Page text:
November 8, 2012 at 1:48 pm | Report abuse |
  3. mkjp

    You really think obama has a giant circuit breaker that he can magically turn all of the power in the northeast back on in a second??? When s disaster like this strikes it is the president's job to make sure states get the federal money they need to put things right again. He did that before sandy even made landfall. Pull your head put of fox news' rear end.

    November 8, 2012 at 12:57 pm | Report abuse |
  4. snooper

    All the people in the storm, just need to think about the one in the WH and they will have a warm fuzzy feeling. Even if the power is off and they are cold. That will warm them up very fast. He will have another party. That should warm them up. His wife will go on another vacation and spend 2 million dollars, that I know will warm them up.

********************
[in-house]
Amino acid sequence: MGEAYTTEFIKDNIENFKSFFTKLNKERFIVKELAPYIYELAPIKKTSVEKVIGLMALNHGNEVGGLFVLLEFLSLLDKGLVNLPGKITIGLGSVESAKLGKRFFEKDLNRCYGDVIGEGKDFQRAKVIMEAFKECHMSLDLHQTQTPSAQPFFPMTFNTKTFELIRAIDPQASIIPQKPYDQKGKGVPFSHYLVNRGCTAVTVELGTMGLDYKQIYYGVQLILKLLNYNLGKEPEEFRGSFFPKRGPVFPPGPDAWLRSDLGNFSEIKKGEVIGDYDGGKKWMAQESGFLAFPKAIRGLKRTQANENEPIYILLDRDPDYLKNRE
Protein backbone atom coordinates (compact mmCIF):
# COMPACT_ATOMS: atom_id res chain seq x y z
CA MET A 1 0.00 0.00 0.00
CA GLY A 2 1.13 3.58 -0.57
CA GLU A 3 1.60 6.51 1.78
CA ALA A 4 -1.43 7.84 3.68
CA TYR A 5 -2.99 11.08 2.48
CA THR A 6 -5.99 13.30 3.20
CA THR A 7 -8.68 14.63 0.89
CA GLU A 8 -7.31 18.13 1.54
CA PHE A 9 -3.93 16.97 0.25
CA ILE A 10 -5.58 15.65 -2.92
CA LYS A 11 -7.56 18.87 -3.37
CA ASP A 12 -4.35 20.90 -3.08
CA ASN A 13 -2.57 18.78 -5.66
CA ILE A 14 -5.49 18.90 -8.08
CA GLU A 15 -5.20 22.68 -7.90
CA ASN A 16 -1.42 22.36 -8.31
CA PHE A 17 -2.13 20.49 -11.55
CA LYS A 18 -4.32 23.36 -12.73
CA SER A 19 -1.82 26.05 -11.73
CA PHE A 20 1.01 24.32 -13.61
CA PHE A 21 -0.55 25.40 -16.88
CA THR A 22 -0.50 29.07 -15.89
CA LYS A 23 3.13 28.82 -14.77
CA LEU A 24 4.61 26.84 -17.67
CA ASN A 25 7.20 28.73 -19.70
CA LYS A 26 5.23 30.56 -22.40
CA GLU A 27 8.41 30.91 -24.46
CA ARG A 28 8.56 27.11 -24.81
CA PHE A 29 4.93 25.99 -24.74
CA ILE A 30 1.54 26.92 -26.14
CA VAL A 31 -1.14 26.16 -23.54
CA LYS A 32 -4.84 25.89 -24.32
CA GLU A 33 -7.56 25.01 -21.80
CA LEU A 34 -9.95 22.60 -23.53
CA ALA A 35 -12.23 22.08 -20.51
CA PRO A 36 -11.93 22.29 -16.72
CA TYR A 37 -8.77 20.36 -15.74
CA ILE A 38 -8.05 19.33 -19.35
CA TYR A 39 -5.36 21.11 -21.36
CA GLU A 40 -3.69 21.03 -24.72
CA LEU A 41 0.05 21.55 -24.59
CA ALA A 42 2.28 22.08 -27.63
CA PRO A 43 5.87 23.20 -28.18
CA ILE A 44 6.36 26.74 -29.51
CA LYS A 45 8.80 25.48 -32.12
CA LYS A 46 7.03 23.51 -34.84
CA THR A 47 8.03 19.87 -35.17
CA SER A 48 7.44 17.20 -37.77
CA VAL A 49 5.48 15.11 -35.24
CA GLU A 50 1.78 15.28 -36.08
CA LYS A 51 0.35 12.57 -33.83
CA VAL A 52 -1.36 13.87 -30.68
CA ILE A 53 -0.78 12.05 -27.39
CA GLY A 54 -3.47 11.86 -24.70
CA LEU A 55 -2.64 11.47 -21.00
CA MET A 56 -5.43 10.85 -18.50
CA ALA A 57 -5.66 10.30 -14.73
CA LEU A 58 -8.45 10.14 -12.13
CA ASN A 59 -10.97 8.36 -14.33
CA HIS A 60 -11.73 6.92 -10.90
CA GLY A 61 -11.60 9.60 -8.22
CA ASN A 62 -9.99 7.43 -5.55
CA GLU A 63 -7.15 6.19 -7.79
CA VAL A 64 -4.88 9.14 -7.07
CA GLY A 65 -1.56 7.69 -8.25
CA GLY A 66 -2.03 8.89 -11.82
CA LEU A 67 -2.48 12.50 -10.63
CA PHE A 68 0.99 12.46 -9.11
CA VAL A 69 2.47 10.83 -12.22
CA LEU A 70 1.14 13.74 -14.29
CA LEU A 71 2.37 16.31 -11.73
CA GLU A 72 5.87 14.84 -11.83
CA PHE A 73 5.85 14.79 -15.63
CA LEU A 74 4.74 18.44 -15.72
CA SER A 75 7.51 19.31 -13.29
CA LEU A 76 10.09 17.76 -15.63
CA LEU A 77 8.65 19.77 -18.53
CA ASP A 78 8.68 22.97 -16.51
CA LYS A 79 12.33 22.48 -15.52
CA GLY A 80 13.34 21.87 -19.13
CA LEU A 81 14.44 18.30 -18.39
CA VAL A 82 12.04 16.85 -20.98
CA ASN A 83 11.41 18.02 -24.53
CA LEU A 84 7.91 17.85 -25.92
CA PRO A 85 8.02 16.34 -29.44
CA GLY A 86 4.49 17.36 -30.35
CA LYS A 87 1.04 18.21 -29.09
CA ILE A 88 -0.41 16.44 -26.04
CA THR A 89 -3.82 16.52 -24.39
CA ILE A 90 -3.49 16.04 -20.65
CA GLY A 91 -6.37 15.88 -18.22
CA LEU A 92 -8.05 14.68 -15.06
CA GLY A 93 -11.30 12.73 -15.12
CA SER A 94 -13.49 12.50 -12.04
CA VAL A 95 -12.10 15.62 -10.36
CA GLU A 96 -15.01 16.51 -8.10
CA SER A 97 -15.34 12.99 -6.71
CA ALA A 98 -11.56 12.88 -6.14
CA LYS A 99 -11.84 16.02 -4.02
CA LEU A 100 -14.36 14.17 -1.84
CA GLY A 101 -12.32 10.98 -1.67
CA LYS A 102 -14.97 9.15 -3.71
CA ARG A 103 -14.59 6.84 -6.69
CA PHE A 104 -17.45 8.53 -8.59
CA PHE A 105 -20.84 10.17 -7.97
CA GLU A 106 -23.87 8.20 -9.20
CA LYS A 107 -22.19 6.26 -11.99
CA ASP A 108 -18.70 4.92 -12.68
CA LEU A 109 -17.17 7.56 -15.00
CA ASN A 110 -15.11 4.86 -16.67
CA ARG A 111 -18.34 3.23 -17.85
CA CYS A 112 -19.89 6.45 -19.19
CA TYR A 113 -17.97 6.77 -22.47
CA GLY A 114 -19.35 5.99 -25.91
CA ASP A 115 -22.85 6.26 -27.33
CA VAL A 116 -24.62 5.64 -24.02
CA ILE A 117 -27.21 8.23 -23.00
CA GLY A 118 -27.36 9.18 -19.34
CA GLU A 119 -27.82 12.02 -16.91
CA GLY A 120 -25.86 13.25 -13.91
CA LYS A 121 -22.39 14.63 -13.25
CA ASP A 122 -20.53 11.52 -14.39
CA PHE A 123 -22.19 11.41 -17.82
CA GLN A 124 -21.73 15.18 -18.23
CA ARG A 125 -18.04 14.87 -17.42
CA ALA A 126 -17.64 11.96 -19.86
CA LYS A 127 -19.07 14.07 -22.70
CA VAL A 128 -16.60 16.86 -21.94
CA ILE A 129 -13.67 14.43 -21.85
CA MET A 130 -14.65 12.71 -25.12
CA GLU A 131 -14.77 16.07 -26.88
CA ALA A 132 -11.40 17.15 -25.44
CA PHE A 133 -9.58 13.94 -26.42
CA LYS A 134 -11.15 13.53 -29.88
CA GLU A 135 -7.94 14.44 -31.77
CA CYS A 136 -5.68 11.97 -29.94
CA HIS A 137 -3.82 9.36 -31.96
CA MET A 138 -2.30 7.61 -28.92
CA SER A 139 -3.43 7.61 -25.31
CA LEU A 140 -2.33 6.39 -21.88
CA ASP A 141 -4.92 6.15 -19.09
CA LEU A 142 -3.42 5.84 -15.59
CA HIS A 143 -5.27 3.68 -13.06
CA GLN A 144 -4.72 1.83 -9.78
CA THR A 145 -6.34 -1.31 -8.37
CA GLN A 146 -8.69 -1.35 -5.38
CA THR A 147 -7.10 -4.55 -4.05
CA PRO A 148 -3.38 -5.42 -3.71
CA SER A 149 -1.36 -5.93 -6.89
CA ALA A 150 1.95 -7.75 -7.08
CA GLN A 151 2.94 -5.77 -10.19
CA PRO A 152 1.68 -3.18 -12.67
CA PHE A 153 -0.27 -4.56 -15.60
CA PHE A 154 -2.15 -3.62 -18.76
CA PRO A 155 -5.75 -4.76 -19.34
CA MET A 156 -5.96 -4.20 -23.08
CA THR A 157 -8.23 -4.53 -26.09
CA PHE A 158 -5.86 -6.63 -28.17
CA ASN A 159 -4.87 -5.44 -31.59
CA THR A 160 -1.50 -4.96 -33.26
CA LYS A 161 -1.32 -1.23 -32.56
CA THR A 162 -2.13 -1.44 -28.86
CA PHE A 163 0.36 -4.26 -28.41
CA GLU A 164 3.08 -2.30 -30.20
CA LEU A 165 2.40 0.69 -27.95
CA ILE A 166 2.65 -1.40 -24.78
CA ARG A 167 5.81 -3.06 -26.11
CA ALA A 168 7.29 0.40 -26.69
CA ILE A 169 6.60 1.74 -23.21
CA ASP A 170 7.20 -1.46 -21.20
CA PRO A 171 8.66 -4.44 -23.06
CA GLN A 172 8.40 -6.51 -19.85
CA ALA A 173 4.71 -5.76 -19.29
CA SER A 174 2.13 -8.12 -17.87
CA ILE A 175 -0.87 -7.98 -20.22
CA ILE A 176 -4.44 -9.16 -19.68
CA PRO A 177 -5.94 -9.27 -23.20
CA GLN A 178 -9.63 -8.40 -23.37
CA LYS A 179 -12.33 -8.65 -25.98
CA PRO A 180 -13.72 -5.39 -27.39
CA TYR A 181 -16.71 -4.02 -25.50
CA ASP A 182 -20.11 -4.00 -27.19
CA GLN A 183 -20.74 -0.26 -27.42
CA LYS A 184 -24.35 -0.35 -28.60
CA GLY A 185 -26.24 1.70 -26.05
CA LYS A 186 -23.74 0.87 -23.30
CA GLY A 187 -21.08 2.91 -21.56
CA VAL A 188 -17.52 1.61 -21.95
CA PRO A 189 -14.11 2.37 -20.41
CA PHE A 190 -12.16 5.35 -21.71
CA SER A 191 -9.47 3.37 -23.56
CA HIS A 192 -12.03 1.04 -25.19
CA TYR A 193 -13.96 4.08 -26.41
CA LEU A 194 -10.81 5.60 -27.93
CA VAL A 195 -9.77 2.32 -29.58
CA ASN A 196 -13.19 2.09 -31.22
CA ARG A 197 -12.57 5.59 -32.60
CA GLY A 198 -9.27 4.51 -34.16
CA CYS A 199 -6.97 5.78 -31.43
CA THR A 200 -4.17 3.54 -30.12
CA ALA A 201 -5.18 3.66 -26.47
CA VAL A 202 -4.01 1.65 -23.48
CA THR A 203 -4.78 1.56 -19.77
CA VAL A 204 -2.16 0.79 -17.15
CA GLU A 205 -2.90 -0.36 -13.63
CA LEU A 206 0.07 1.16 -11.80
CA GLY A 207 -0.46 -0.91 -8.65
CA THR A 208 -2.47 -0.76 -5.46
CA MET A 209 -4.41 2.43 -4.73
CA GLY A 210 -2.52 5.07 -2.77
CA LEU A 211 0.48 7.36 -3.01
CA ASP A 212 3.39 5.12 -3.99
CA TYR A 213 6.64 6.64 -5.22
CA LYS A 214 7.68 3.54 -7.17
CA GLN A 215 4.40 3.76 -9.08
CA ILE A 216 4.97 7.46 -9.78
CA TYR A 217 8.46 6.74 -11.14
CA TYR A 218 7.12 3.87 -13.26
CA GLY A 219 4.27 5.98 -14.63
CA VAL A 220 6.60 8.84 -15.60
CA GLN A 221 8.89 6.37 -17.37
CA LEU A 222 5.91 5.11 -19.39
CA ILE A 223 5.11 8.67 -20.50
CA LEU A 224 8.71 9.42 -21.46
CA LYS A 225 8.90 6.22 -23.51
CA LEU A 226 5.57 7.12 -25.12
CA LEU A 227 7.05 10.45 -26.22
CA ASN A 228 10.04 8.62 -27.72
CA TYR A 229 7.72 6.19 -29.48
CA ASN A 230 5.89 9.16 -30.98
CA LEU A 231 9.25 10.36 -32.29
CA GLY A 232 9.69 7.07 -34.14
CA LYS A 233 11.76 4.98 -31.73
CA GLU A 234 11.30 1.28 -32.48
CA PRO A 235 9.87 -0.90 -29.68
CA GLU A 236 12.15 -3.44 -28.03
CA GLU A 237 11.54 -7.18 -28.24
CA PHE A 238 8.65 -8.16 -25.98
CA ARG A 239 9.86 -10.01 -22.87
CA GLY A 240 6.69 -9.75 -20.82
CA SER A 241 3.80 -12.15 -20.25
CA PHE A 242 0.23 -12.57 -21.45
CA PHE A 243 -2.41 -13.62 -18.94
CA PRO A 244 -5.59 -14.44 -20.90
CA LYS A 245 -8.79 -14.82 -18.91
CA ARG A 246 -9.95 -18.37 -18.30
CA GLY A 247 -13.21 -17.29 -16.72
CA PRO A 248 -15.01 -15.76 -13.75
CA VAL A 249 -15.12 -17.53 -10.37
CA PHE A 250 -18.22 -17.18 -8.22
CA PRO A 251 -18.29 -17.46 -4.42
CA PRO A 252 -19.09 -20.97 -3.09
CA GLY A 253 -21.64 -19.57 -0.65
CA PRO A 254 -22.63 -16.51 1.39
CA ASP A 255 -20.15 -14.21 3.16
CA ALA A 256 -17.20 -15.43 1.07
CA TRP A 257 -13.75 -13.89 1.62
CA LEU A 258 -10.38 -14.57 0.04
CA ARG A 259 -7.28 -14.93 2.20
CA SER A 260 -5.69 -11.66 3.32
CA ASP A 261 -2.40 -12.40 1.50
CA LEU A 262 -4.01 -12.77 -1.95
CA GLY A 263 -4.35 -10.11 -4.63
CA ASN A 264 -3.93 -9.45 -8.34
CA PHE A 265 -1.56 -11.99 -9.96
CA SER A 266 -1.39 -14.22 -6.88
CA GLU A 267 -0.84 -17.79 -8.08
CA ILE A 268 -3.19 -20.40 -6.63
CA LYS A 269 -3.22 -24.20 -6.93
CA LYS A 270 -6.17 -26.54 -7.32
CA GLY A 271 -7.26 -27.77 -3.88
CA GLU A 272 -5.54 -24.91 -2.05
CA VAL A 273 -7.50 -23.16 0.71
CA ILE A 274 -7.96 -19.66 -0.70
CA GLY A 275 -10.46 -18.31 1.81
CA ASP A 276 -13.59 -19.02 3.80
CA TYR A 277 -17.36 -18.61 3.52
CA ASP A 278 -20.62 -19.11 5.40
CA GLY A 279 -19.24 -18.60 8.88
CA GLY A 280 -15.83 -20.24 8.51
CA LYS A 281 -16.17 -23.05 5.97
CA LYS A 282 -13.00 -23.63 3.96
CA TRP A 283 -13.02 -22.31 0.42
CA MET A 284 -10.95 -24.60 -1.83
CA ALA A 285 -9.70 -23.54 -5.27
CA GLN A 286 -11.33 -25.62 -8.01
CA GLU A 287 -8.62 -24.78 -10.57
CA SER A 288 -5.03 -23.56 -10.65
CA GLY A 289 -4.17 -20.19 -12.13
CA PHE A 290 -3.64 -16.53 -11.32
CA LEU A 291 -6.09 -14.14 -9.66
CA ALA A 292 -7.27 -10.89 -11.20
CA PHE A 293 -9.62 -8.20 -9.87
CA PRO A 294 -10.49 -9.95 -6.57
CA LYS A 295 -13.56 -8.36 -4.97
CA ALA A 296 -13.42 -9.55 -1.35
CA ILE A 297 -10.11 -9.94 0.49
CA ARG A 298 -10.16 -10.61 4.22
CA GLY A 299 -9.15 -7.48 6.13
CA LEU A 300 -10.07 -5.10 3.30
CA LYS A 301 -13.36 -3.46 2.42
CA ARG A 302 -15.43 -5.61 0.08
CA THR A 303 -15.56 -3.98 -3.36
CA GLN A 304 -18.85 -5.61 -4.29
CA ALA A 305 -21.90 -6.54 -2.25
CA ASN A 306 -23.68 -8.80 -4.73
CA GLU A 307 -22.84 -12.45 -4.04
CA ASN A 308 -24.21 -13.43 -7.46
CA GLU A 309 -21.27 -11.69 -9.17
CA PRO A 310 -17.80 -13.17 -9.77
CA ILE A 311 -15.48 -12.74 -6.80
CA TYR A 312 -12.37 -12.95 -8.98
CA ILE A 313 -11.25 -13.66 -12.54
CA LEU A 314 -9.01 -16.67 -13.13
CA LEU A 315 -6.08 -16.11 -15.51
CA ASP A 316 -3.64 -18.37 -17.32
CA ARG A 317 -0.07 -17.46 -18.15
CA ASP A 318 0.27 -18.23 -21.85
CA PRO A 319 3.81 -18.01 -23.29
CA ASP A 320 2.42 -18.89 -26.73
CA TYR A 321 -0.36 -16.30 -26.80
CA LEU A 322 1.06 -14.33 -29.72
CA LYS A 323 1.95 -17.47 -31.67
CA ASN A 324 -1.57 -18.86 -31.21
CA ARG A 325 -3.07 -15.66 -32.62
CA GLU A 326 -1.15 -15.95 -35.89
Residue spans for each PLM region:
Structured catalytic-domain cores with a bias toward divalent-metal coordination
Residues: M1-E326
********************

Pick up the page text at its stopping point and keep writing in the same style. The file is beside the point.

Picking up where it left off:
November 8, 2012 at 1:01 pm | Report abuse |
  5. Marika

    Thank you for pointing that out to all the right-wing nut-jobs. Hydro-crews can only work so fast and FEMA doesn't have the expertise on how to restore power. It's skilled labor and it's Electrical Companies are responsible for getting electrical grids back in service. Just wanted to add that even Canada sent hydro-workers and equipment to help end the black-out. Wishing everyone warmth and a quick recovery.

    November 8, 2012 at 1:04 pm | Report abuse |
  6. Eli

    God is showing America how quickly things can spin around.

    November 8, 2012 at 1:06 pm | Report abuse |
    • snowboarder

      eli – if your god sends messages that require "interpretation" he is a dunce and so are you.

      November 8, 2012 at 1:50 pm | Report abuse |
  7. Spencer